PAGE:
Protecting Talisman Lands Association
Protect the Escarpment
in the heart of the Beaver Valley
We are working to:
Maintain and contain development at similar footprints and densities on the original Talisman resort site
Preserve lands around the Beaver River, including the former golf course, as a natural area, accessible by the public
Protect lands on Sideroad 7A west of escarpment (“Upper Talisman lands”) as rural agricultural land and green space
Maintain Sideroad 7A as a seasonal light traffic road
Provide an optimal route for the Bruce Trail and better linkages between the Bruce Trail, the Kimberley Forest, and Grey Sauble Conservation Authority trails
- Develop an anchor property for the Escarpment Corridor Alliance
- Limit the burden on the taxpayers by reducing and eliminating infrastructure costs caused by development
This sale will not bring back Talisman, the resort we knew and loved. The ski hill and the original lodge building properties continue to be owned by another company. This is about developing the green space all around it. We all would like to see Talisman open its doors again but not surrounded by development and not at the cost of the environment.
Instead of sweetheart deals and dubious economic growth schemes, we need good jobs and development that respects farmers, the escarpment, and the environment.
The Beaver Valley is an incredibly beautiful area of Ontario. Created millennia ago through the erosion of escarpment rock, it is flanked by majestic cliffs, and gifted with rich agricultural land, abundant flora and fauna, as well as unique yet fragile ecosystems. The 273 acre Talisman site near the village of Kimberley boasts all of these assets: Along its top runs the Niagara Escarpment, a UNESCO-designated biosphere reserve and the Bruce Trail, Canada’s longest marked footpath. Streams flow down the valley into the Beaver River, teeming with life, which then runs into Georgian Bay.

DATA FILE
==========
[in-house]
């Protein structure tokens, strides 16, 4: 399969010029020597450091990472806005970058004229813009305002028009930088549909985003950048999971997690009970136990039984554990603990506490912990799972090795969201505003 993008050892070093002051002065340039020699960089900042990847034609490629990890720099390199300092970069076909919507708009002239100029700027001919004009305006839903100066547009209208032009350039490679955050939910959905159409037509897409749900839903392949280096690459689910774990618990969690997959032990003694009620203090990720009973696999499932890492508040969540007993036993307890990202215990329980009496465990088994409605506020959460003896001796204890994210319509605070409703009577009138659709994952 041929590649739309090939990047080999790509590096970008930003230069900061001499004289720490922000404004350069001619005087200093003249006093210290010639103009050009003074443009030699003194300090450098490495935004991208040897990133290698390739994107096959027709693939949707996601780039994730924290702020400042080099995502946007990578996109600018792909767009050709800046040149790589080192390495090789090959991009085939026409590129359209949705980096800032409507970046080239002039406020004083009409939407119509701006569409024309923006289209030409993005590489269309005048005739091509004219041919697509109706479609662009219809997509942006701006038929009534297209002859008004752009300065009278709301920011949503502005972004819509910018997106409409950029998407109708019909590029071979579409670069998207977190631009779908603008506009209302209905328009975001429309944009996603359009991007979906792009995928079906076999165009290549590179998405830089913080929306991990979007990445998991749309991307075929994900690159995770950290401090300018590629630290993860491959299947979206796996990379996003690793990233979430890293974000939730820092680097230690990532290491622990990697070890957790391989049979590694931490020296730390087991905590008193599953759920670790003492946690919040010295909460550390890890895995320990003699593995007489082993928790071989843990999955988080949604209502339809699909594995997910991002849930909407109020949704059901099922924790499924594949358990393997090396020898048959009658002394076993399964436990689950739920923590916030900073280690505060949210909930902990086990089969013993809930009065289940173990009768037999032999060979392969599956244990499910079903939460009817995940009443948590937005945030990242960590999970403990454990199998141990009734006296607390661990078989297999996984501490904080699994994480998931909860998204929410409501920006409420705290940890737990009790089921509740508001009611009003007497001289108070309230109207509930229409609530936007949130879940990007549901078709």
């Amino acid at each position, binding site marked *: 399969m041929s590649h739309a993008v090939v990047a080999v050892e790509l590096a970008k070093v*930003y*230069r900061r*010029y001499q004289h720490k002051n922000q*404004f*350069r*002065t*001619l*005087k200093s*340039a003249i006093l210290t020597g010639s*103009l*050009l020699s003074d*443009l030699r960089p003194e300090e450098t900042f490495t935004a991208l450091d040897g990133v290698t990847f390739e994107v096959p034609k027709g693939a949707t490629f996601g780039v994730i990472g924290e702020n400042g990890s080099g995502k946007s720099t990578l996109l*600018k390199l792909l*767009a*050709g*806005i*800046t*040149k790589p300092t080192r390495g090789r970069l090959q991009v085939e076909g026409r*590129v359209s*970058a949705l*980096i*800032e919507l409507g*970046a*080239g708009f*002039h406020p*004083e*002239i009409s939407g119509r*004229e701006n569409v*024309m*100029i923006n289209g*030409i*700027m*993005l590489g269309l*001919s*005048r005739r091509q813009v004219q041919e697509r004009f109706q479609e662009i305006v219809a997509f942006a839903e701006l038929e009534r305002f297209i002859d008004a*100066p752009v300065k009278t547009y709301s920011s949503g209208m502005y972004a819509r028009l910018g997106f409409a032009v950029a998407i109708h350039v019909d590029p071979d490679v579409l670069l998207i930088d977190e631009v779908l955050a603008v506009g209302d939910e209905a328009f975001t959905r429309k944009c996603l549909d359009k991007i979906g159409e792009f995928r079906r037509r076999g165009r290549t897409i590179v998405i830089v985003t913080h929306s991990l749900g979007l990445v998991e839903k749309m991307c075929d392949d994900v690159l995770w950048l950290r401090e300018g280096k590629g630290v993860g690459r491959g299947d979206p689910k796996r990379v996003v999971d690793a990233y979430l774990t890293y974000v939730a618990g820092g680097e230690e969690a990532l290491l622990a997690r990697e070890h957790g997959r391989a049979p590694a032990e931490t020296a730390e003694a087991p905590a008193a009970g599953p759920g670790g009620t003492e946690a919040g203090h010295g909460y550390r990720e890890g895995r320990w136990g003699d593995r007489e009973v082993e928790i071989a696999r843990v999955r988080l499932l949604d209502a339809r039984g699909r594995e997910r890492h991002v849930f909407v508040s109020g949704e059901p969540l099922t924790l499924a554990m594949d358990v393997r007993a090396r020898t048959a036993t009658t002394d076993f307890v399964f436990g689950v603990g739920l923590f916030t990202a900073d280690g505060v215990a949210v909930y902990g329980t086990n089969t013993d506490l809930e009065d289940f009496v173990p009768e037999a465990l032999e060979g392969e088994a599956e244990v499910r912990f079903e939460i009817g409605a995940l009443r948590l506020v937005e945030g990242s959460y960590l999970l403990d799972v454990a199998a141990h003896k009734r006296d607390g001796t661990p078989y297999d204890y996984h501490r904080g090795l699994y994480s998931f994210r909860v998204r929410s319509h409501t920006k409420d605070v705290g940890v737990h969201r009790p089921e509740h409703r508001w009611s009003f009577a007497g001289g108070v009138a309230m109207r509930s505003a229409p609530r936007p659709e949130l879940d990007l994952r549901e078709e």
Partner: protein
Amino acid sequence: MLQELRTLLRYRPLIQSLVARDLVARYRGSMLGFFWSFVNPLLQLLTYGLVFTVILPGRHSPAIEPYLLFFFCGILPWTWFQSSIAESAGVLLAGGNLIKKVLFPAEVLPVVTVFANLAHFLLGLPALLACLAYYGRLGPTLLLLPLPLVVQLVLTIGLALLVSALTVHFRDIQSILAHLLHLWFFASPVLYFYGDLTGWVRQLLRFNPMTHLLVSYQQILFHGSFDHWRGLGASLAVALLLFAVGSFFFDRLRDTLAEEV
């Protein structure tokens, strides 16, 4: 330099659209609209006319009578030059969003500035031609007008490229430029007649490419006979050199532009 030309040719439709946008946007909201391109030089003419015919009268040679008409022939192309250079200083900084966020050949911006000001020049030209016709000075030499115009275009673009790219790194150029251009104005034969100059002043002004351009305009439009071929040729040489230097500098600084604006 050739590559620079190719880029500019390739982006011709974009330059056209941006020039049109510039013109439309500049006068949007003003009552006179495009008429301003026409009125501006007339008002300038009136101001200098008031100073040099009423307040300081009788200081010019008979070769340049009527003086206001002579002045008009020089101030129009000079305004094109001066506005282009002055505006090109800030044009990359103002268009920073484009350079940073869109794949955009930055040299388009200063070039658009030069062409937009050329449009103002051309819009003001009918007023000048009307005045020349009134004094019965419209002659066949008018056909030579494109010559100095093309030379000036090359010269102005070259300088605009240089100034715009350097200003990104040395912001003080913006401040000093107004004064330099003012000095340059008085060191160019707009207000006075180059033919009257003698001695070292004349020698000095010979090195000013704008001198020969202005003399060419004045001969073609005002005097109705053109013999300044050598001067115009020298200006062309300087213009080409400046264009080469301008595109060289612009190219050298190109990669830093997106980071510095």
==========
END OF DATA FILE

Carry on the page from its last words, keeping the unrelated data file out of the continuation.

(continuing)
A Special Place to be Preserved
We think this special and unique valley needs to be protected. Unfortunately, the Municipality of Grey Highlands Council is going in the opposite direction, pushing forward with the development of these pristine, publicly-owned lands. Despite vigorous community opposition and significant concerns about the sale process, it has sold 75 acres of lush Beaver River waterfront with spectacular views of Old Baldy for $1 million and 59 acres of prime farmland at the top of the hill for only $1.5 million. This was without open, competitive bidding and below assessed market value.
Photo by Ingrid Remkins